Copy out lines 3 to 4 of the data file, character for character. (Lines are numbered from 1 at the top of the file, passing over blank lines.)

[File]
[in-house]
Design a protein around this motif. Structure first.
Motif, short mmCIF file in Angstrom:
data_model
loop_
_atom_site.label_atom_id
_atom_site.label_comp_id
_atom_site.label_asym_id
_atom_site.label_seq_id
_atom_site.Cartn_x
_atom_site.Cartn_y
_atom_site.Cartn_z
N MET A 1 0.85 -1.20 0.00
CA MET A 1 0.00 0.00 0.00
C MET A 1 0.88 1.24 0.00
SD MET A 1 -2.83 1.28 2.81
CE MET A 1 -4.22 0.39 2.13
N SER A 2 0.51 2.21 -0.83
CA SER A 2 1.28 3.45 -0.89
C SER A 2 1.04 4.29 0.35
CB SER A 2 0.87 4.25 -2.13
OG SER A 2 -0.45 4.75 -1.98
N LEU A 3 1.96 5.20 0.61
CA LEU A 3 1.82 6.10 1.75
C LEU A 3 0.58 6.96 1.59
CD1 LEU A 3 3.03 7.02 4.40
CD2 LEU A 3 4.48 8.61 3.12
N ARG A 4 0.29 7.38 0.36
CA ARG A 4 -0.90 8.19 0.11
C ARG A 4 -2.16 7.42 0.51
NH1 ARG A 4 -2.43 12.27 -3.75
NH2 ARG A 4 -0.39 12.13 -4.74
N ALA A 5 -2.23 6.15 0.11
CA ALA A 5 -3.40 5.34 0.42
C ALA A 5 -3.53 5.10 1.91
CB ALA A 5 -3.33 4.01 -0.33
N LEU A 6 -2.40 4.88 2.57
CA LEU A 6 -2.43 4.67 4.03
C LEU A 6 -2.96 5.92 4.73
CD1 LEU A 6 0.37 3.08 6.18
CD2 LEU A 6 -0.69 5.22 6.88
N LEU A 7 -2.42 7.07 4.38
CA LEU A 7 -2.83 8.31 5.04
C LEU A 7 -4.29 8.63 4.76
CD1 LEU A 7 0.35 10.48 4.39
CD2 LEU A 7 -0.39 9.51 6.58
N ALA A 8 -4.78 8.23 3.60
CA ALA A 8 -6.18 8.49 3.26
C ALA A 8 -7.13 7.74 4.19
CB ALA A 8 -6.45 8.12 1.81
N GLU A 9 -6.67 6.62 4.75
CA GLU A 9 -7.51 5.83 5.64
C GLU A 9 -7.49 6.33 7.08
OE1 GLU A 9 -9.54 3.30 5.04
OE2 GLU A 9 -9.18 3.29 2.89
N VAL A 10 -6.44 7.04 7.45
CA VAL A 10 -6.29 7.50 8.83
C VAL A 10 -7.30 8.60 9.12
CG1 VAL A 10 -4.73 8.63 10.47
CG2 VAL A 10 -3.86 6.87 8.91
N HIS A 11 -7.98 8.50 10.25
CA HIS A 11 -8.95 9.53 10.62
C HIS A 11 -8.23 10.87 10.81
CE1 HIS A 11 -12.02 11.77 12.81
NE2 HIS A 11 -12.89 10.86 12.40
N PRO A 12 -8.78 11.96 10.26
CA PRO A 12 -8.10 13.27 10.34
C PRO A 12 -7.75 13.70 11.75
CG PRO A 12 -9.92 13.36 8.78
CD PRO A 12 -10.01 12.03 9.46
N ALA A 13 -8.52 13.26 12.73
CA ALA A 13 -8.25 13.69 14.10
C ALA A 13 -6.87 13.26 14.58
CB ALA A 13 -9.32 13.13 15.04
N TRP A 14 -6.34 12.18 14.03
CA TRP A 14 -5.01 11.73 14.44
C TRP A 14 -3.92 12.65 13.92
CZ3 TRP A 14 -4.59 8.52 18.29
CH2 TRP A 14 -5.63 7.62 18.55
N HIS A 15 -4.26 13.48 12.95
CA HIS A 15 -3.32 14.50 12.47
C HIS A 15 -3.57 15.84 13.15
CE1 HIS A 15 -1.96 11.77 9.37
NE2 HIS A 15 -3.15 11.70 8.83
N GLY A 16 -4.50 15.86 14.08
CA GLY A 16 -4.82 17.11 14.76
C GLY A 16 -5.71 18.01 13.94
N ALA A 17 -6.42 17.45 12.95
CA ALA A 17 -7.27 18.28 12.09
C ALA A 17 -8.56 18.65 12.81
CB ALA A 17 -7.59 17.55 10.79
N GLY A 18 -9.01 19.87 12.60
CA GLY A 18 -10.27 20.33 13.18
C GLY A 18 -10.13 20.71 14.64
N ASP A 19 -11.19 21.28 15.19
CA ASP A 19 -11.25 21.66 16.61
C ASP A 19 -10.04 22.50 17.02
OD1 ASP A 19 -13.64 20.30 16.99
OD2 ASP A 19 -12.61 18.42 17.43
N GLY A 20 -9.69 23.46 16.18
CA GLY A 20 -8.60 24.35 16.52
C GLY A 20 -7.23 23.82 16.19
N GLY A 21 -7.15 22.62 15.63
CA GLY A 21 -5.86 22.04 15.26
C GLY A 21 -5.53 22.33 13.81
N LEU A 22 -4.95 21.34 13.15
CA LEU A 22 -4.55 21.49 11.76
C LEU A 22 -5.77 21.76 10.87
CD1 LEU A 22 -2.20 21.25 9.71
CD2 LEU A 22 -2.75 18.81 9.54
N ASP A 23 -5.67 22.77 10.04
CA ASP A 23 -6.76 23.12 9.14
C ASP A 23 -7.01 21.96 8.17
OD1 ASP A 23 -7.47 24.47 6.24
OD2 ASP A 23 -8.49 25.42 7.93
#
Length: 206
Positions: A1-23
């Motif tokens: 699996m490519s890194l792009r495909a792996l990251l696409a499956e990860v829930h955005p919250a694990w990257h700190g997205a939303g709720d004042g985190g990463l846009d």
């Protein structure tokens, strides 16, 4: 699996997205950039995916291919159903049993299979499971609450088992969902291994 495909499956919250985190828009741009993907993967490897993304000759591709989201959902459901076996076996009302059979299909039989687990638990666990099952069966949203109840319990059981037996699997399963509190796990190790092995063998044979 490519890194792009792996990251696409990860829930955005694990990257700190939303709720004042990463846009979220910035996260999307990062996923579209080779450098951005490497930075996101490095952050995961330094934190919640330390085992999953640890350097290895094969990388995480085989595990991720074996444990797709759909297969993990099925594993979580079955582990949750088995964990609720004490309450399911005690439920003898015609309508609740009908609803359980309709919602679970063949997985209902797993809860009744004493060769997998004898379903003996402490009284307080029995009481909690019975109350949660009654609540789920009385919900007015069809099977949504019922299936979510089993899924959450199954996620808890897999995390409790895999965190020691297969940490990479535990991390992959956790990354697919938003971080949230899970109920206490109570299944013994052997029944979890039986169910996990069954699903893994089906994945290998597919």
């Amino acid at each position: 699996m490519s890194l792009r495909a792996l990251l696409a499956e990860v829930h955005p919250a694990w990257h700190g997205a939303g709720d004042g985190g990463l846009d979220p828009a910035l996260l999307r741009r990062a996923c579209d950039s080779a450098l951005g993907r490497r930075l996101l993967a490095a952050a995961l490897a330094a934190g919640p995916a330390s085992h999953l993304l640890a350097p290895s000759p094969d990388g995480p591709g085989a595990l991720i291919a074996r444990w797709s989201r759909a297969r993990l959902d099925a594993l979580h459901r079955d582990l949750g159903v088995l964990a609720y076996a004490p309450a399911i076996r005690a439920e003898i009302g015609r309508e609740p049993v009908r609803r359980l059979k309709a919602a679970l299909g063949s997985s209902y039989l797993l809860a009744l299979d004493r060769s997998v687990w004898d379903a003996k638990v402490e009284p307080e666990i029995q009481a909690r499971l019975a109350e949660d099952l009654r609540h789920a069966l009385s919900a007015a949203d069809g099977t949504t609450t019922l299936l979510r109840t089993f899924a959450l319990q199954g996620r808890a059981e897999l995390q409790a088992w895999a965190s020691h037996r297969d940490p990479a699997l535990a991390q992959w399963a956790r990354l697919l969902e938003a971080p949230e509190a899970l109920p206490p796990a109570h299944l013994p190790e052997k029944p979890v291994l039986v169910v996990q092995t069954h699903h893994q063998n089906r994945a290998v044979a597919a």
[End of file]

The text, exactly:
Motif, short mmCIF file in Angstrom:
data_model